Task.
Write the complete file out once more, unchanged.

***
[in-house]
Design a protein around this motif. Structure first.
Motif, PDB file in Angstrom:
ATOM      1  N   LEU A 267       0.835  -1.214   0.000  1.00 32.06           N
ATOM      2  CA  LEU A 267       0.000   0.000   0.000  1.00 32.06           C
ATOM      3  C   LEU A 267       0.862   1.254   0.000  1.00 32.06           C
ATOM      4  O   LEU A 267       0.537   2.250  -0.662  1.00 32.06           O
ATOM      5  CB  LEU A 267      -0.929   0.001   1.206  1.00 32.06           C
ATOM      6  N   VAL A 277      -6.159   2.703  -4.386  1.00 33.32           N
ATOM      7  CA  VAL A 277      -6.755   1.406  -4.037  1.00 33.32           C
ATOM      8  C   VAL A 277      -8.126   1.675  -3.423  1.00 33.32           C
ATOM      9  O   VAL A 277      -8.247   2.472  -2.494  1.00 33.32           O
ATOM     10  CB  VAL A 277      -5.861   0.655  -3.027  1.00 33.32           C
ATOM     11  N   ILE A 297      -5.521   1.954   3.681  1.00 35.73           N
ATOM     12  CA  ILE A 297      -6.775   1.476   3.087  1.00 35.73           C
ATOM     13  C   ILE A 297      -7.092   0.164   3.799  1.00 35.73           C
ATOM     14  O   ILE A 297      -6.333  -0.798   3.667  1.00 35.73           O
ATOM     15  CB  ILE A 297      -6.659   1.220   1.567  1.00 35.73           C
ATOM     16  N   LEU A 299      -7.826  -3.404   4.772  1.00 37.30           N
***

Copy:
[in-house]
Design a protein around this motif. Structure first.
Motif, PDB file in Angstrom:
ATOM      1  N   LEU A 267       0.835  -1.214   0.000  1.00 32.06           N
ATOM      2  CA  LEU A 267       0.000   0.000   0.000  1.00 32.06           C
ATOM      3  C   LEU A 267       0.862   1.254   0.000  1.00 32.06           C
ATOM      4  O   LEU A 267       0.537   2.250  -0.662  1.00 32.06           O
ATOM      5  CB  LEU A 267      -0.929   0.001   1.206  1.00 32.06           C
ATOM      6  N   VAL A 277      -6.159   2.703  -4.386  1.00 33.32           N
ATOM      7  CA  VAL A 277      -6.755   1.406  -4.037  1.00 33.32           C
ATOM      8  C   VAL A 277      -8.126   1.675  -3.423  1.00 33.32           C
ATOM      9  O   VAL A 277      -8.247   2.472  -2.494  1.00 33.32           O
ATOM     10  CB  VAL A 277      -5.861   0.655  -3.027  1.00 33.32           C
ATOM     11  N   ILE A 297      -5.521   1.954   3.681  1.00 35.73           N
ATOM     12  CA  ILE A 297      -6.775   1.476   3.087  1.00 35.73           C
ATOM     13  C   ILE A 297      -7.092   0.164   3.799  1.00 35.73           C
ATOM     14  O   ILE A 297      -6.333  -0.798   3.667  1.00 35.73           O
ATOM     15  CB  ILE A 297      -6.659   1.220   1.567  1.00 35.73           C
ATOM     16  N   LEU A 299      -7.826  -3.404   4.772  1.00 37.30           N